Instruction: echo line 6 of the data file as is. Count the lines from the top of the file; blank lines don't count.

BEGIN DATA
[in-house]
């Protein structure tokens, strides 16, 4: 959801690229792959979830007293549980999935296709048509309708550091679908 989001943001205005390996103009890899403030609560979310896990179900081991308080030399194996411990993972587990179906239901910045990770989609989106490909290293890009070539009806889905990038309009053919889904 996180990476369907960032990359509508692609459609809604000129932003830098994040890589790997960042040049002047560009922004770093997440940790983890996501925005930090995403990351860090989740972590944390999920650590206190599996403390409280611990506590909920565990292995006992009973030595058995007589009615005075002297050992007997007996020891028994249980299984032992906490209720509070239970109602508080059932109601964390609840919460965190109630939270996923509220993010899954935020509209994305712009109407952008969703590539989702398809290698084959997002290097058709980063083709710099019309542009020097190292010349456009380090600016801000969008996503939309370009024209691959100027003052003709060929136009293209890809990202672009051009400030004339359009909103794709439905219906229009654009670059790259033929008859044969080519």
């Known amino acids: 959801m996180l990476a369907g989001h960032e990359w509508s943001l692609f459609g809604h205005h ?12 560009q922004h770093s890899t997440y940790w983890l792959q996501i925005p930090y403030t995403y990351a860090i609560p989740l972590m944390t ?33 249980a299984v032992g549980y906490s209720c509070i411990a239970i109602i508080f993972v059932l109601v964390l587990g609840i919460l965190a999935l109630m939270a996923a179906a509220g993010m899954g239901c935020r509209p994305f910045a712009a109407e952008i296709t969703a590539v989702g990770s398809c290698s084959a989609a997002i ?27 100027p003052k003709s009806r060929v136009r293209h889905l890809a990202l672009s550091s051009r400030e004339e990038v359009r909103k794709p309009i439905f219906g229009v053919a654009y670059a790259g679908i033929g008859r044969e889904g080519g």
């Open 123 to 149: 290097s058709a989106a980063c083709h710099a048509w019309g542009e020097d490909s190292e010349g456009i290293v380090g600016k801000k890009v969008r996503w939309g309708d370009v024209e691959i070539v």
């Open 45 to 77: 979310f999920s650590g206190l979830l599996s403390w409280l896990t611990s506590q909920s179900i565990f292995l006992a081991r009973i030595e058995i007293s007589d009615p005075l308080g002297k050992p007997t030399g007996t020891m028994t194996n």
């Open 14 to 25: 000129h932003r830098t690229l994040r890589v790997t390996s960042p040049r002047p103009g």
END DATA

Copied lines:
């Open 14 to 25: 000129h932003r830098t690229l994040r890589v790997t390996s960042p040049r002047p103009g």